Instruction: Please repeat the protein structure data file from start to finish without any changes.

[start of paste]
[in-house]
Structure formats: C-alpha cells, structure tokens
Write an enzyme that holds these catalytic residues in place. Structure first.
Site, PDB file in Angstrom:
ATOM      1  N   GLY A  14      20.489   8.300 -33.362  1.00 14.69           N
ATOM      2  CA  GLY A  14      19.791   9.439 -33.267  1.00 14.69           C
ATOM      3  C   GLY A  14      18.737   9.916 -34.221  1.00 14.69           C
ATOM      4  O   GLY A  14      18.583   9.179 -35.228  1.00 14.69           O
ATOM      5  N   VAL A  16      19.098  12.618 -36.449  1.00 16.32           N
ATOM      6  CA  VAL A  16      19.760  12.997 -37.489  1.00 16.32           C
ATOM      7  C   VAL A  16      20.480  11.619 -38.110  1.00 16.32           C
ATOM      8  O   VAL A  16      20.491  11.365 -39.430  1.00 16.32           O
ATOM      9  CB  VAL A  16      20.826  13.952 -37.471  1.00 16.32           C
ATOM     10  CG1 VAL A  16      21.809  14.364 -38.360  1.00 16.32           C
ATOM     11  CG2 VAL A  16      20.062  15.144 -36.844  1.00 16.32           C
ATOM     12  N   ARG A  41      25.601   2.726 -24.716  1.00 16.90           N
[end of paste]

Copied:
[in-house]
Structure formats: C-alpha cells, structure tokens
Write an enzyme that holds these catalytic residues in place. Structure first.
Site, PDB file in Angstrom:
ATOM      1  N   GLY A  14      20.489   8.300 -33.362  1.00 14.69           N
ATOM      2  CA  GLY A  14      19.791   9.439 -33.267  1.00 14.69           C
ATOM      3  C   GLY A  14      18.737   9.916 -34.221  1.00 14.69           C
ATOM      4  O   GLY A  14      18.583   9.179 -35.228  1.00 14.69           O
ATOM      5  N   VAL A  16      19.098  12.618 -36.449  1.00 16.32           N
ATOM      6  CA  VAL A  16      19.760  12.997 -37.489  1.00 16.32           C
ATOM      7  C   VAL A  16      20.480  11.619 -38.110  1.00 16.32           C
ATOM      8  O   VAL A  16      20.491  11.365 -39.430  1.00 16.32           O
ATOM      9  CB  VAL A  16      20.826  13.952 -37.471  1.00 16.32           C
ATOM     10  CG1 VAL A  16      21.809  14.364 -38.360  1.00 16.32           C
ATOM     11  CG2 VAL A  16      20.062  15.144 -36.844  1.00 16.32           C
ATOM     12  N   ARG A  41      25.601   2.726 -24.716  1.00 16.90           N